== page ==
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The Bush administration received assets that were worth $78 billion less than the amount it invested as part of the massive infusion of capital into the country’s banks, congressional investigators have found.
The investigators concluded that the Treasury under the federal bailout had invested $254 billion into companies but the preferred stock it got in return had a market value at the time of only $176 billion, or 69 percent of what the government paid, according to a congressional oversight panel report scheduled to be released today…
According to the analysis by the oversight panel, the Treasury invested $40 billion in American International Group, the insurance giant, and received shares of equal face value but worth only $14.8 billion, or 37 percent of the price it paid. It said the real value of the $10 billion in Morgan Stanley that the government purchased was only $5.8 billion, or 58 percent of what it spent.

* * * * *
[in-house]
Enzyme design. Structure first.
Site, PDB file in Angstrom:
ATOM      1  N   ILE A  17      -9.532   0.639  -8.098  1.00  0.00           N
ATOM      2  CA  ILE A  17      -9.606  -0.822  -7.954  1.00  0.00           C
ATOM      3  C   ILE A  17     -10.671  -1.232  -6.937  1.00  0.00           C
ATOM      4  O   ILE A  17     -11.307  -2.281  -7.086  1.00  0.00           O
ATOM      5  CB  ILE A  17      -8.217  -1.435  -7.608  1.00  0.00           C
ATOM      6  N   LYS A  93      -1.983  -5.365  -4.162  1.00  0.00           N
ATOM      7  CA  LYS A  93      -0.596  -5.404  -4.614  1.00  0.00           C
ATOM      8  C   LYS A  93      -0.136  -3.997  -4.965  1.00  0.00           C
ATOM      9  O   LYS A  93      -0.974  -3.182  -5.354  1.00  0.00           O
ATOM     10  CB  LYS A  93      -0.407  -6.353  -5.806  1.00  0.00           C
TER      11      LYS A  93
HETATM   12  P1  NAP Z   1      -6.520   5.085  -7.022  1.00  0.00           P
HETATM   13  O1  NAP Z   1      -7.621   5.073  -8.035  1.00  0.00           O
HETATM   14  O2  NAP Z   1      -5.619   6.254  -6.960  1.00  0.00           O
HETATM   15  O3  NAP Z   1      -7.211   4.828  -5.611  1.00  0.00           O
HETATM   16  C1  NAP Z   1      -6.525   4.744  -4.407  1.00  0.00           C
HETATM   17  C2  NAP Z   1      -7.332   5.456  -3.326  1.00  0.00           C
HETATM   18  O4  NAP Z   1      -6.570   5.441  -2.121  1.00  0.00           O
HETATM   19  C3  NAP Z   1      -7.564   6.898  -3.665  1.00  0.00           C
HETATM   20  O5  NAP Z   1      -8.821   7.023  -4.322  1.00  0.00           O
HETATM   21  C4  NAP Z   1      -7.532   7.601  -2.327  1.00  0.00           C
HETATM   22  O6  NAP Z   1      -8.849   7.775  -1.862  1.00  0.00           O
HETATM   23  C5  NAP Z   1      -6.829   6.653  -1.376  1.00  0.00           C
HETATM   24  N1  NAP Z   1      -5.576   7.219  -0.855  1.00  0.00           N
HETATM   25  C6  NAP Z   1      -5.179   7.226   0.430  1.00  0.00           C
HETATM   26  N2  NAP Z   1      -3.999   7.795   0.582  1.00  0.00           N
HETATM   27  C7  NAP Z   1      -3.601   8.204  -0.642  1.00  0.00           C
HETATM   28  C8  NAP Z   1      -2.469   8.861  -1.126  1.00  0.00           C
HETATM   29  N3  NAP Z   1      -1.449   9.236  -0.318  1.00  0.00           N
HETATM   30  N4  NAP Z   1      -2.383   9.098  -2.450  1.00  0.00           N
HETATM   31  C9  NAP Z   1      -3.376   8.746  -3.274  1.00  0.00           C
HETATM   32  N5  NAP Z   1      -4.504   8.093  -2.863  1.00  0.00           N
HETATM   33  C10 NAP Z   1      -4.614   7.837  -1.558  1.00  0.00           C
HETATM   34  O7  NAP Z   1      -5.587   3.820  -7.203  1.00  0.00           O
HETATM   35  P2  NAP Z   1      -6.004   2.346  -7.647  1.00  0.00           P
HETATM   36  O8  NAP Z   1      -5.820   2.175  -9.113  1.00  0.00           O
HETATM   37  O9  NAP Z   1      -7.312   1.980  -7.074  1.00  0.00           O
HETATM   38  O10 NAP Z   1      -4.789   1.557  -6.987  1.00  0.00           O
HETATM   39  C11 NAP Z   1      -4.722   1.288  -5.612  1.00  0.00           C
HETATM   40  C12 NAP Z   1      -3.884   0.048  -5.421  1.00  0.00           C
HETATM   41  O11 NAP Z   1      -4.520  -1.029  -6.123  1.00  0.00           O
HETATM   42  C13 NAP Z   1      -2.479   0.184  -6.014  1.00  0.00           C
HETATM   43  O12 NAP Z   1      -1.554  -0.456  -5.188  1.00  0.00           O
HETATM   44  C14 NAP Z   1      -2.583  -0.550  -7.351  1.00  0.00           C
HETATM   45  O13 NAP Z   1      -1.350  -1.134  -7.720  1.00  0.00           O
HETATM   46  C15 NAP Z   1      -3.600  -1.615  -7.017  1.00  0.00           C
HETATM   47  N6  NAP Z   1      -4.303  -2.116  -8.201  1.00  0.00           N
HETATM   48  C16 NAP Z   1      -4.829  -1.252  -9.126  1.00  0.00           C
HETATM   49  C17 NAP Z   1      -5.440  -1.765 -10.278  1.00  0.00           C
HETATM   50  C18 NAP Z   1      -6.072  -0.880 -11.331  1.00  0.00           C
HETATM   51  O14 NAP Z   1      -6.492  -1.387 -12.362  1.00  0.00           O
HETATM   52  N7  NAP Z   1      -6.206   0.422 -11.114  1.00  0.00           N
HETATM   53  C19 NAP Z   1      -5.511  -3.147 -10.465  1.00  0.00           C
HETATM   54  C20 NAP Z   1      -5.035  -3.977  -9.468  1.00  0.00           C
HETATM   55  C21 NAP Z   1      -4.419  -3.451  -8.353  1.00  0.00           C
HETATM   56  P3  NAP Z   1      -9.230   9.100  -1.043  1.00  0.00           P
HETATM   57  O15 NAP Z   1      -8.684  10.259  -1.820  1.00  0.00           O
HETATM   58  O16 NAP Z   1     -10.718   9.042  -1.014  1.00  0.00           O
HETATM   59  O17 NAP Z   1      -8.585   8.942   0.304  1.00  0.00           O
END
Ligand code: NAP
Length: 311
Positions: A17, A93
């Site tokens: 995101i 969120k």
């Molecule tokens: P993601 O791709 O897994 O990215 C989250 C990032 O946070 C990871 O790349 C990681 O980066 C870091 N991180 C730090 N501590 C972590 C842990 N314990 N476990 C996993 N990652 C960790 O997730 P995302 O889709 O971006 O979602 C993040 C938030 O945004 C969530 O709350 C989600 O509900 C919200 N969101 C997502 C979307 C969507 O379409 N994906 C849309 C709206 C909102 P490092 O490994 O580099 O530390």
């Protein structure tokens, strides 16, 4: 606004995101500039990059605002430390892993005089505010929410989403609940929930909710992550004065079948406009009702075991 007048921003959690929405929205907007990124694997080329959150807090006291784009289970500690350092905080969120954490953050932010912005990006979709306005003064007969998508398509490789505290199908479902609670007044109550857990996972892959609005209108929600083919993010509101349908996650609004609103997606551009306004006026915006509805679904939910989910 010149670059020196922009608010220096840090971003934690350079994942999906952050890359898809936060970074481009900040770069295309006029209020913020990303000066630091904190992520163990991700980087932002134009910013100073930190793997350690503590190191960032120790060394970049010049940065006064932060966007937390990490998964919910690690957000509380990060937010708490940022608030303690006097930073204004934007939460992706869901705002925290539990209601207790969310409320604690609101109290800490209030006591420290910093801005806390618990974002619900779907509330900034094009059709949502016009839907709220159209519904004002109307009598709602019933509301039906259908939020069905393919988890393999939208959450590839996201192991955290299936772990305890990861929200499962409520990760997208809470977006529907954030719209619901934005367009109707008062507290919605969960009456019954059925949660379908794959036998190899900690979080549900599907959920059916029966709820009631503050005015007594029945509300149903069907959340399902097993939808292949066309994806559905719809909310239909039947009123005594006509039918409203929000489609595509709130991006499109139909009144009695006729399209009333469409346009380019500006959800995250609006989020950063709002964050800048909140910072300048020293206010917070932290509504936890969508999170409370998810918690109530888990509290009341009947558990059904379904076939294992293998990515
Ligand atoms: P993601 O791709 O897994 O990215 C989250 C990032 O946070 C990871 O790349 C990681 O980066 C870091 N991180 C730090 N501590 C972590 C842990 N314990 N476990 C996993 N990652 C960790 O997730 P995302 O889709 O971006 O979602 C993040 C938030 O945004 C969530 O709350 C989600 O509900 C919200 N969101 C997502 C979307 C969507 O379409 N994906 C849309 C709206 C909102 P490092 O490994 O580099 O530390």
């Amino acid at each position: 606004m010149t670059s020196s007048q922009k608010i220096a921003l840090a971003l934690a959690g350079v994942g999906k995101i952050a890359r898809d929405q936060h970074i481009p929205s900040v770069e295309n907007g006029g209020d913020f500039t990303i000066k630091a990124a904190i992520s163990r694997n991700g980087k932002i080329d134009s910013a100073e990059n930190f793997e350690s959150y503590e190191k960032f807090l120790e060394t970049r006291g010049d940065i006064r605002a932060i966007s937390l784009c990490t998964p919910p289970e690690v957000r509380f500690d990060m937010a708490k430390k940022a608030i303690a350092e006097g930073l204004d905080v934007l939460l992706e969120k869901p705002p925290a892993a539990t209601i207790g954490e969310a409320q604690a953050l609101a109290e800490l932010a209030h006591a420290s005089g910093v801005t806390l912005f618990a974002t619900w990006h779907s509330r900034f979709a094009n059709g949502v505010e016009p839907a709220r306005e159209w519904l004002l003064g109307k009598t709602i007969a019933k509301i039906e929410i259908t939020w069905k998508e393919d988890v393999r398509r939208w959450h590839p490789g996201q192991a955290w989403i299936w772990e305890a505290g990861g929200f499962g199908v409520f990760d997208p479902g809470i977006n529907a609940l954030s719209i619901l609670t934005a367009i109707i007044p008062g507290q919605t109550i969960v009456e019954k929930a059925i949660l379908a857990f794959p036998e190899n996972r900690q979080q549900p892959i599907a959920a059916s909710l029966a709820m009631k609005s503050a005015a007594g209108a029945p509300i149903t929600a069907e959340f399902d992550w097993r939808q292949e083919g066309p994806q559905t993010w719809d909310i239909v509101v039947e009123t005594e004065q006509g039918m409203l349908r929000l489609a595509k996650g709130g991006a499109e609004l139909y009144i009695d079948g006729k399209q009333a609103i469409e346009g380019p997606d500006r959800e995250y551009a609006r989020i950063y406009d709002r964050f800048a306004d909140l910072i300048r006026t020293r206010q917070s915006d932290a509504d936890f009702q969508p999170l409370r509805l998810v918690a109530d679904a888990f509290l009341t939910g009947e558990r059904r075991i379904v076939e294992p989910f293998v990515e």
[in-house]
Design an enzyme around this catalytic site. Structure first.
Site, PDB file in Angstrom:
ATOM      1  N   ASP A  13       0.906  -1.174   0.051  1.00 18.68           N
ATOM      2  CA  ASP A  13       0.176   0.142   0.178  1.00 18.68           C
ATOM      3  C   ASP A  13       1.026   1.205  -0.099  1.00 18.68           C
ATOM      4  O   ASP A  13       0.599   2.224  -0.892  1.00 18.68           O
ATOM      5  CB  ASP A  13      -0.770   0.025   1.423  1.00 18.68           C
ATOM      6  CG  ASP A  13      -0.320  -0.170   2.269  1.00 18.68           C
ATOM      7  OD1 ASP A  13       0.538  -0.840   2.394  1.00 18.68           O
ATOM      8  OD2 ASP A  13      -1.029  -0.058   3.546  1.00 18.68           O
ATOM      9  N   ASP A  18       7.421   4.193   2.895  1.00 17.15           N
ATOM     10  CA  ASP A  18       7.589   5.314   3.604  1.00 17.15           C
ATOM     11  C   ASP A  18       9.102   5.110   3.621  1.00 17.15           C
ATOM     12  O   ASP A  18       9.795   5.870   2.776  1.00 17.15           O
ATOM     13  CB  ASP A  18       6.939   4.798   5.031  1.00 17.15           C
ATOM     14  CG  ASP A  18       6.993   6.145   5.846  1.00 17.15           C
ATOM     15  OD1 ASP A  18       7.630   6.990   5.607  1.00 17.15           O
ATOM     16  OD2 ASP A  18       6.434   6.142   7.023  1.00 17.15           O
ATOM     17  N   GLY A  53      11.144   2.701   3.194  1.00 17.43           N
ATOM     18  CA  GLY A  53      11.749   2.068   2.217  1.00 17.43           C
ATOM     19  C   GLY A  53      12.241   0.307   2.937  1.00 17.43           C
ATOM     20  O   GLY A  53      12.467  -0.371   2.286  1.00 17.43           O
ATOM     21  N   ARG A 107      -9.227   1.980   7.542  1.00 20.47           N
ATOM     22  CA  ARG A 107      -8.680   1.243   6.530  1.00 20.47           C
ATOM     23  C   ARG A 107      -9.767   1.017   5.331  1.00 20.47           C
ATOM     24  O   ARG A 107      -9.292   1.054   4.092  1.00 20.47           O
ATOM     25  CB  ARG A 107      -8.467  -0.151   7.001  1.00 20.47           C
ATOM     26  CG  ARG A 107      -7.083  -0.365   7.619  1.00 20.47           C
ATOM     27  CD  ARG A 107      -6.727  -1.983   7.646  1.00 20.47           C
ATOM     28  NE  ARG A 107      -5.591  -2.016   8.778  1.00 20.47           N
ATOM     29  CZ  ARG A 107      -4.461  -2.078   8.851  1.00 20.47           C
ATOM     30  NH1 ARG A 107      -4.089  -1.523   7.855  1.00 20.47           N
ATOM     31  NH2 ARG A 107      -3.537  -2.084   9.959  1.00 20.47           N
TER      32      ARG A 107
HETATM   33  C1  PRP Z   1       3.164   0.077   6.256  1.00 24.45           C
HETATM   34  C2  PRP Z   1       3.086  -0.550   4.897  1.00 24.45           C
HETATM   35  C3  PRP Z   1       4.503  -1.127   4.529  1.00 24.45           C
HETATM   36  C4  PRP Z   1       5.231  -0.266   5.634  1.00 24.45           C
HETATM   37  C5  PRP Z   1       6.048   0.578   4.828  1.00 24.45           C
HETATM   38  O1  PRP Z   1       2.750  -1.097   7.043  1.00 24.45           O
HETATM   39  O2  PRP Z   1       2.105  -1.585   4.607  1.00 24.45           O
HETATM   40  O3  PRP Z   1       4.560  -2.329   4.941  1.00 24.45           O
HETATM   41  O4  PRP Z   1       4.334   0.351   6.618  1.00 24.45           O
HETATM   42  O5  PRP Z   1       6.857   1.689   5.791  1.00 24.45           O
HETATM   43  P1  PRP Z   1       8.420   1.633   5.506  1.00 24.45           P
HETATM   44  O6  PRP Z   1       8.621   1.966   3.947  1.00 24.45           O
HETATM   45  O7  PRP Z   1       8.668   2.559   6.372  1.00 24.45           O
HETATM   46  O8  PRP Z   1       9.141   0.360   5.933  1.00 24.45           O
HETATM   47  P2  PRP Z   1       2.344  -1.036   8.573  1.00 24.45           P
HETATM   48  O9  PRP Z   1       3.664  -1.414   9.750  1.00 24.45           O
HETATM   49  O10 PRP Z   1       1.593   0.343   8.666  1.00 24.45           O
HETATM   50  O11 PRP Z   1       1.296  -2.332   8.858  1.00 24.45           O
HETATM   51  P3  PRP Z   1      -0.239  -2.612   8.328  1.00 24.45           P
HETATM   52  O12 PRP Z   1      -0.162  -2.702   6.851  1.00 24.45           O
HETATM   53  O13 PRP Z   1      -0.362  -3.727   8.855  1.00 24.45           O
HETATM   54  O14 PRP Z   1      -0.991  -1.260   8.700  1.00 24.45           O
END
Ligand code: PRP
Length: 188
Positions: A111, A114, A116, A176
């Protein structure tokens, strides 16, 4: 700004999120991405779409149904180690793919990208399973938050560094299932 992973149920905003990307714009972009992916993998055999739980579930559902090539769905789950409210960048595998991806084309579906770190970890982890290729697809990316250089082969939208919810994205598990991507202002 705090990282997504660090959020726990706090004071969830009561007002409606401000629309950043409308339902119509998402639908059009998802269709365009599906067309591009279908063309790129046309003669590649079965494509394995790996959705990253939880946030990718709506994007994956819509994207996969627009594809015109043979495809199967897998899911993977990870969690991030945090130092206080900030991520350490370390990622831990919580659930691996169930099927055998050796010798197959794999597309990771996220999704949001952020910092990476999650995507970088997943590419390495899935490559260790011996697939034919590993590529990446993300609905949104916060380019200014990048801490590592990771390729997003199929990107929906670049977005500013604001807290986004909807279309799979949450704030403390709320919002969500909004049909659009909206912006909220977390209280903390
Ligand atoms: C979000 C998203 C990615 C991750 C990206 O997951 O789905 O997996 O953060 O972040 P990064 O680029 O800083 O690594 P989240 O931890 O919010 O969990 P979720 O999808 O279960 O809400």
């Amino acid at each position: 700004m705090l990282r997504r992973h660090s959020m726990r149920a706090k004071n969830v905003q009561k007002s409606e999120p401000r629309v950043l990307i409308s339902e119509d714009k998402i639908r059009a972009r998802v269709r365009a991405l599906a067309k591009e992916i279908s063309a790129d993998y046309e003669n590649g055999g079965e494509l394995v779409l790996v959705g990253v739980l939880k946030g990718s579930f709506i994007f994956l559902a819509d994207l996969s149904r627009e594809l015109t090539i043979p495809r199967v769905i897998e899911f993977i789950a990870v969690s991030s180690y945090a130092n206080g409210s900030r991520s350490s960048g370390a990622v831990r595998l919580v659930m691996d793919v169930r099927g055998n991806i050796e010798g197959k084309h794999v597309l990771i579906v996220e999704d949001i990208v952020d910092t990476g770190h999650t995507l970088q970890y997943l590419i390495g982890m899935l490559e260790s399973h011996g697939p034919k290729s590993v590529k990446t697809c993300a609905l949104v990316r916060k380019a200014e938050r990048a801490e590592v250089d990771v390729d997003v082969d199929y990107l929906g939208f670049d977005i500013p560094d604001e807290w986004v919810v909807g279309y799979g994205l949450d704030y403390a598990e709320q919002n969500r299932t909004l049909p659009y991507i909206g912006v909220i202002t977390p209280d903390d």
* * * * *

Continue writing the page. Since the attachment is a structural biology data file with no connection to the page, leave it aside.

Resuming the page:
More from Ken Silverstein:
Perspective — October 23, 2013, 8:00 am
How pro-oil Louisiana politicians have shaped American environmental policy
Postcard — October 16, 2013, 8:00 am
A trip to one of the properties at issue in Louisiana’s oil-pollution lawsuits
Length in days of the sentence Russian blogger Alexei Navalny served for leading an opposition rally last year:
Israeli researchers developed software that evaluates the depression of bloggers.
A teenager in Singapore was convicted of obscenity for posts critical of Lee Kuan Yew, the country’s founding father, that included an image of Lee having sex with Margaret Thatcher.
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“Shelby is waiting for something. He himself does not know what it is. When it comes he will either go back into the world from which he came, or sink out of sight in the morass of alcoholism or despair that has engulfed other vagrants.”